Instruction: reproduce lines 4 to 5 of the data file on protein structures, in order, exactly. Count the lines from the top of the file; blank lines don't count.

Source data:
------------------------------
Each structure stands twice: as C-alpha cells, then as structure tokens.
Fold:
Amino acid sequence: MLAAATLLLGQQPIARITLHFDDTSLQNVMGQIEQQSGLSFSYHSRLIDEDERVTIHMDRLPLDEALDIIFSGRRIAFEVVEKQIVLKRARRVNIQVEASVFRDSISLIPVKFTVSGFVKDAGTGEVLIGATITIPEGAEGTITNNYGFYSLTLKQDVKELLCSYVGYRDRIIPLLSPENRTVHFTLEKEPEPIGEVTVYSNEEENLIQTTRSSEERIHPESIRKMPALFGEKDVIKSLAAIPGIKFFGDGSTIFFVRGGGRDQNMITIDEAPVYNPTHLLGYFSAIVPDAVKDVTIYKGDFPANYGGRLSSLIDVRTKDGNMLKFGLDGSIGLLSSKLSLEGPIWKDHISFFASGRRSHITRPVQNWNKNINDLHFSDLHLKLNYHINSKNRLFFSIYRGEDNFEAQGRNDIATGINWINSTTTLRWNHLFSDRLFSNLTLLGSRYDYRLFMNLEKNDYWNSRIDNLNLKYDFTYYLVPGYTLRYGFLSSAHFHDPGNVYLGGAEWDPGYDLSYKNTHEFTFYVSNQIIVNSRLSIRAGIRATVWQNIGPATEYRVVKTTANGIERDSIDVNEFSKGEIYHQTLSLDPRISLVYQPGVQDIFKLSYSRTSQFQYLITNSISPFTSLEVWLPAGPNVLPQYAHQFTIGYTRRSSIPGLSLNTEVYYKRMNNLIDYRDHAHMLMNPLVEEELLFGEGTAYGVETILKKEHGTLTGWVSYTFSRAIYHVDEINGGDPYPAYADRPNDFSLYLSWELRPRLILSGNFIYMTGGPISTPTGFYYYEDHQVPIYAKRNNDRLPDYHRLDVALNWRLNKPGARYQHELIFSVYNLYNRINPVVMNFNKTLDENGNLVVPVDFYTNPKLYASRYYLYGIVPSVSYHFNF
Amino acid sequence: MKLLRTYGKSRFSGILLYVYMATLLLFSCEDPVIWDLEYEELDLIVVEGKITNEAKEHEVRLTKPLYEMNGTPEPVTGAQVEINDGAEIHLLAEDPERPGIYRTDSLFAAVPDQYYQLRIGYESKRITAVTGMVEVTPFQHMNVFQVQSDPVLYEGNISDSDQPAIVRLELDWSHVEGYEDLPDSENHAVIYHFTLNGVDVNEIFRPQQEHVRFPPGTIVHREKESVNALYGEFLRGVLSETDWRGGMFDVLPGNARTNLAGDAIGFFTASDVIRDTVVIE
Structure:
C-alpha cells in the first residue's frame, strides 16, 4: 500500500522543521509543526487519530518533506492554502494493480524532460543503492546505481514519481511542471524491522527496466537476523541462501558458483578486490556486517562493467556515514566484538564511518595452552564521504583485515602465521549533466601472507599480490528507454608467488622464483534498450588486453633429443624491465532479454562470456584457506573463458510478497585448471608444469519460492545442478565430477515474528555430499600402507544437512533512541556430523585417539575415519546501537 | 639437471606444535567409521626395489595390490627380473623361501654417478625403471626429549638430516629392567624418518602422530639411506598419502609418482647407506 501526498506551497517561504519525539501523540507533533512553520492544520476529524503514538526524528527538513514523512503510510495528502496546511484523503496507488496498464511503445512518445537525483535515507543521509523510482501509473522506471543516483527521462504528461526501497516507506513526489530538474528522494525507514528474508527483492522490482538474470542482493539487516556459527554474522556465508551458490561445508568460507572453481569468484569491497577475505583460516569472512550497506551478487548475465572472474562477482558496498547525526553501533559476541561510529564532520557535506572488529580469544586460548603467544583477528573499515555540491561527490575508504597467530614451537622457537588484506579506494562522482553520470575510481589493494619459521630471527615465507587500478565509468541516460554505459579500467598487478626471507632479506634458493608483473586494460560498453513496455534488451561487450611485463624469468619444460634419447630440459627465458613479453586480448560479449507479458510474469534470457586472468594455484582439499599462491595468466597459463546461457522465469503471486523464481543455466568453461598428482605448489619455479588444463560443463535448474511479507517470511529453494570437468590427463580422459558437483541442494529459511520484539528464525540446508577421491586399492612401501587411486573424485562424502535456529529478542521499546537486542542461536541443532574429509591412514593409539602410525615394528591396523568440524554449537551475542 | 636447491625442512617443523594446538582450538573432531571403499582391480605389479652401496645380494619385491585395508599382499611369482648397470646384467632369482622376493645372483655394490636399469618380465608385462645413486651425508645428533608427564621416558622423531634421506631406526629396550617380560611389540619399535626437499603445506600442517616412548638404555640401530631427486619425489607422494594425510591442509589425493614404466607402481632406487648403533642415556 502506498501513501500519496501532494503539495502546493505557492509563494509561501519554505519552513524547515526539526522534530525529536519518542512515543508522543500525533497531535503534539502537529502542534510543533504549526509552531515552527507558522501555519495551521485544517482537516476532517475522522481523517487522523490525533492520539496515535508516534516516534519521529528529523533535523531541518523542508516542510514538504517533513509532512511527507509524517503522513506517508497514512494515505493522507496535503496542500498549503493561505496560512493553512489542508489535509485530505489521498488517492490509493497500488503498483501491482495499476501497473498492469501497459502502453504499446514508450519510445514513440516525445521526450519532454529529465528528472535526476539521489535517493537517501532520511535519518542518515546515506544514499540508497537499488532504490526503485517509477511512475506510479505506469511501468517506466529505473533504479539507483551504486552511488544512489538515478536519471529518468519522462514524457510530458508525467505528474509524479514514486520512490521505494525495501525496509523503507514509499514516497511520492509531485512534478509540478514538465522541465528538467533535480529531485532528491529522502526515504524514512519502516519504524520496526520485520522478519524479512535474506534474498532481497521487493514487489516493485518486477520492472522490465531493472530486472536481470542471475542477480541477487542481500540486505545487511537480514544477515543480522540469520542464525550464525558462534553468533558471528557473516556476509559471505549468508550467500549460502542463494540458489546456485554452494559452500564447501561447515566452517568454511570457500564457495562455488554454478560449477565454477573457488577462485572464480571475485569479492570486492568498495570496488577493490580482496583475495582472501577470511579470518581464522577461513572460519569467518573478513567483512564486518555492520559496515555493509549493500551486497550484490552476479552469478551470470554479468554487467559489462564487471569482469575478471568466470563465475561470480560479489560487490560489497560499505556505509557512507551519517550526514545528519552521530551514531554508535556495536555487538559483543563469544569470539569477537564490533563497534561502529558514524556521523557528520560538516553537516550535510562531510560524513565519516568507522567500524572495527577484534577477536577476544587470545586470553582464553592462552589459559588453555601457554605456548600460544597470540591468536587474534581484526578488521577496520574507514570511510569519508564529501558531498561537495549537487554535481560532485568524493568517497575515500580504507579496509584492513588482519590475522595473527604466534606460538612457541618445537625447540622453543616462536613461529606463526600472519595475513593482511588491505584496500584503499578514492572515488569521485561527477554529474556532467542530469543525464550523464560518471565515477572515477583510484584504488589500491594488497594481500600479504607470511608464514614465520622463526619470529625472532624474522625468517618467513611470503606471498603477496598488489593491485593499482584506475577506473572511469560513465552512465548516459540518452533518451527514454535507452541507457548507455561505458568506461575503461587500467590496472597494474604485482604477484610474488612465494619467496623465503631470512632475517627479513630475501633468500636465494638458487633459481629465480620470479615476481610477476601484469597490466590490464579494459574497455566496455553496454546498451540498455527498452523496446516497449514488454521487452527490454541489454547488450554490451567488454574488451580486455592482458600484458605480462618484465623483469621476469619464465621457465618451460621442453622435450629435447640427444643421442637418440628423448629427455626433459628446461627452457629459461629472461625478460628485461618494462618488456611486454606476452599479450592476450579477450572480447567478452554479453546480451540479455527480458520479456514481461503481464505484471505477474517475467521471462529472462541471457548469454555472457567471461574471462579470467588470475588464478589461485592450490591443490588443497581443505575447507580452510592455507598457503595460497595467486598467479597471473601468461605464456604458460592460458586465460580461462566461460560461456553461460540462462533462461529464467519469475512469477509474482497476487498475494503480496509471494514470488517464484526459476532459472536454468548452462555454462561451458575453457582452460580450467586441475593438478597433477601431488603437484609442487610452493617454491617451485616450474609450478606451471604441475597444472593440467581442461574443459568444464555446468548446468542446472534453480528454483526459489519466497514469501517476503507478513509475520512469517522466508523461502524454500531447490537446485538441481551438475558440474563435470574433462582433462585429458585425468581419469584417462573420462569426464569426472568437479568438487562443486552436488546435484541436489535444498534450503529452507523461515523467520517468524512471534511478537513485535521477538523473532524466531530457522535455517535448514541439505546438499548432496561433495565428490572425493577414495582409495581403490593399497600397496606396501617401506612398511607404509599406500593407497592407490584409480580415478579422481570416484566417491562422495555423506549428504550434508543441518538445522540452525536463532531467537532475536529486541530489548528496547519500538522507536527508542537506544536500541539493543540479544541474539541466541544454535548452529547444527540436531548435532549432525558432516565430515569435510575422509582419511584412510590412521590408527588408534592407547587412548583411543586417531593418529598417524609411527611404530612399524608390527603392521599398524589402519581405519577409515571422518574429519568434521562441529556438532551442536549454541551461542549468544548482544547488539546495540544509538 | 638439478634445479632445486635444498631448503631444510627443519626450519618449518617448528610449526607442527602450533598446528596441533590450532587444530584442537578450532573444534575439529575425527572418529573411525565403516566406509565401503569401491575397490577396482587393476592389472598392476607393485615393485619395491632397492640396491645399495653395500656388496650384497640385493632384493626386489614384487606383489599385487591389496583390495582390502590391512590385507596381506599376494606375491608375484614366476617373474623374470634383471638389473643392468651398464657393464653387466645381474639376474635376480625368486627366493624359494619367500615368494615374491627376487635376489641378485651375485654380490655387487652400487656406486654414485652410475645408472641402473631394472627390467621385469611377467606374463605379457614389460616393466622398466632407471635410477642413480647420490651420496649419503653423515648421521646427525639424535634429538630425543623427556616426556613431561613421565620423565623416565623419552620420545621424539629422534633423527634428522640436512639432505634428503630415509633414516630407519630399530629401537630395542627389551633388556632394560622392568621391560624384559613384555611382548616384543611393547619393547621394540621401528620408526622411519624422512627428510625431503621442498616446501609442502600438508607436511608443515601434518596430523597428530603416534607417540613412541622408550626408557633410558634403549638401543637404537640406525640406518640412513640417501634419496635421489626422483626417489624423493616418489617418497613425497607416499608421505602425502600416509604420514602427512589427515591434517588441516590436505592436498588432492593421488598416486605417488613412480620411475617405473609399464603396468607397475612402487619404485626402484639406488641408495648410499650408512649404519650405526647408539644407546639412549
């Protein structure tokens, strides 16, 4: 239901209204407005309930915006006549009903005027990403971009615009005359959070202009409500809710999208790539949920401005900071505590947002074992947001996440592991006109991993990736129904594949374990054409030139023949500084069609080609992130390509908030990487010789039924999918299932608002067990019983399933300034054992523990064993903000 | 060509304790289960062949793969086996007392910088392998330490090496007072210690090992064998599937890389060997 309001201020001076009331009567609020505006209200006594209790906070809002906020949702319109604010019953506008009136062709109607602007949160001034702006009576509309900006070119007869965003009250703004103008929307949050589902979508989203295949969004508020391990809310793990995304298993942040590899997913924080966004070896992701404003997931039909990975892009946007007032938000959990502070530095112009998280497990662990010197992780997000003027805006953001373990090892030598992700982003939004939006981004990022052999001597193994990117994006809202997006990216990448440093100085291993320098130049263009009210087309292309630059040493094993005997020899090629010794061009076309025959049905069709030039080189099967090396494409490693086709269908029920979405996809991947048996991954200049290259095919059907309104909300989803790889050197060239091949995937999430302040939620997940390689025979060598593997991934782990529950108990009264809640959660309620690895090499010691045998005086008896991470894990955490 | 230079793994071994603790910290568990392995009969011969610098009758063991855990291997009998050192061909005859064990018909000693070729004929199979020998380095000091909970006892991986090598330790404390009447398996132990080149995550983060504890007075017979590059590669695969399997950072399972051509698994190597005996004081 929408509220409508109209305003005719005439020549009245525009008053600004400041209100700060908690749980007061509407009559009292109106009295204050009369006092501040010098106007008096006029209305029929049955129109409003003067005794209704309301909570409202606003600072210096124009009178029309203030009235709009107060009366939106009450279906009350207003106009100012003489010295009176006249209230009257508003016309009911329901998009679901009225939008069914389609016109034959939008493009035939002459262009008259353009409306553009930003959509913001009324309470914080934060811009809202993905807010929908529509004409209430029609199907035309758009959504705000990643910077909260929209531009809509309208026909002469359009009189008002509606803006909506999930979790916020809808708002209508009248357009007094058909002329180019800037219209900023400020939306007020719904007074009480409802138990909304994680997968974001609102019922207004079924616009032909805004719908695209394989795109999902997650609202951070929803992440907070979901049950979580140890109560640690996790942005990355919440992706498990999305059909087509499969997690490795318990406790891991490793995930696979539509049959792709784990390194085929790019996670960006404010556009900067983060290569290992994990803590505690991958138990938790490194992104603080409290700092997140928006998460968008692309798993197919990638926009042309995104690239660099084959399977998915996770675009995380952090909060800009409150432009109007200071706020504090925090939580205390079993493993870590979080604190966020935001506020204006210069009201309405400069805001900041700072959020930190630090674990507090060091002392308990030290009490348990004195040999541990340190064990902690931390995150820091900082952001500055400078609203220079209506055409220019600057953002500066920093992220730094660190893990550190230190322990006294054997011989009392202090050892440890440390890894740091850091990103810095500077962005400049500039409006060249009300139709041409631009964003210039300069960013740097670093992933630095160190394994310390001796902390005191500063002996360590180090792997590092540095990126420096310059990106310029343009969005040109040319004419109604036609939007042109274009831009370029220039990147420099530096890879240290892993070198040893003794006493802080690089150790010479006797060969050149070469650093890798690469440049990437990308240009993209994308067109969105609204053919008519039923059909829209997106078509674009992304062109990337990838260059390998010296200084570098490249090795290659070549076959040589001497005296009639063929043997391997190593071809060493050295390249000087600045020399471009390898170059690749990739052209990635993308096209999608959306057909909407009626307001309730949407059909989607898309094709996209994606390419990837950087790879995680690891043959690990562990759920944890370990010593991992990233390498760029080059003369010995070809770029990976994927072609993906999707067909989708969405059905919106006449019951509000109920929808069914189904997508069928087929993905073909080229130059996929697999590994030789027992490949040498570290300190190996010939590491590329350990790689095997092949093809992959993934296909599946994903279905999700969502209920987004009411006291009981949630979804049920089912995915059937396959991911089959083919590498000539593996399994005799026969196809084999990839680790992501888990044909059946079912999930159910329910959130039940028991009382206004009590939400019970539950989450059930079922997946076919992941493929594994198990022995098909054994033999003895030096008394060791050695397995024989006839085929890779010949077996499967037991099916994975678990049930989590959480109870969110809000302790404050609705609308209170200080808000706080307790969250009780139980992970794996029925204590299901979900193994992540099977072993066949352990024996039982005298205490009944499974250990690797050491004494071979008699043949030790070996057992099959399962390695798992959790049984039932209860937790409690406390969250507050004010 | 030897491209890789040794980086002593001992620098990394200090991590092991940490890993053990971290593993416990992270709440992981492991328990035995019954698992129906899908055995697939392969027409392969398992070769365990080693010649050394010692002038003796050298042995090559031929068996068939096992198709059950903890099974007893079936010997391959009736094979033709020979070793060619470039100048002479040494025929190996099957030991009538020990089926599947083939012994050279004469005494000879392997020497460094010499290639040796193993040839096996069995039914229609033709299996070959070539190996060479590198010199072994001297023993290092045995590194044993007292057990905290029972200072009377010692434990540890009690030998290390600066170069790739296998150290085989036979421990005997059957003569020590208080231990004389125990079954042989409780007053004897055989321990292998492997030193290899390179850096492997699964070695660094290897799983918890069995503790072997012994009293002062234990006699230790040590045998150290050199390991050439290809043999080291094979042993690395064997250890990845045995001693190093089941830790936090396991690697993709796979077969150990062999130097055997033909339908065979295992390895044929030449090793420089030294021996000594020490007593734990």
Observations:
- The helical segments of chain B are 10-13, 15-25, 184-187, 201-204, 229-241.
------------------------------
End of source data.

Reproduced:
Amino acid sequence: MKLLRTYGKSRFSGILLYVYMATLLLFSCEDPVIWDLEYEELDLIVVEGKITNEAKEHEVRLTKPLYEMNGTPEPVTGAQVEINDGAEIHLLAEDPERPGIYRTDSLFAAVPDQYYQLRIGYESKRITAVTGMVEVTPFQHMNVFQVQSDPVLYEGNISDSDQPAIVRLELDWSHVEGYEDLPDSENHAVIYHFTLNGVDVNEIFRPQQEHVRFPPGTIVHREKESVNALYGEFLRGVLSETDWRGGMFDVLPGNARTNLAGDAIGFFTASDVIRDTVVIE
Structure: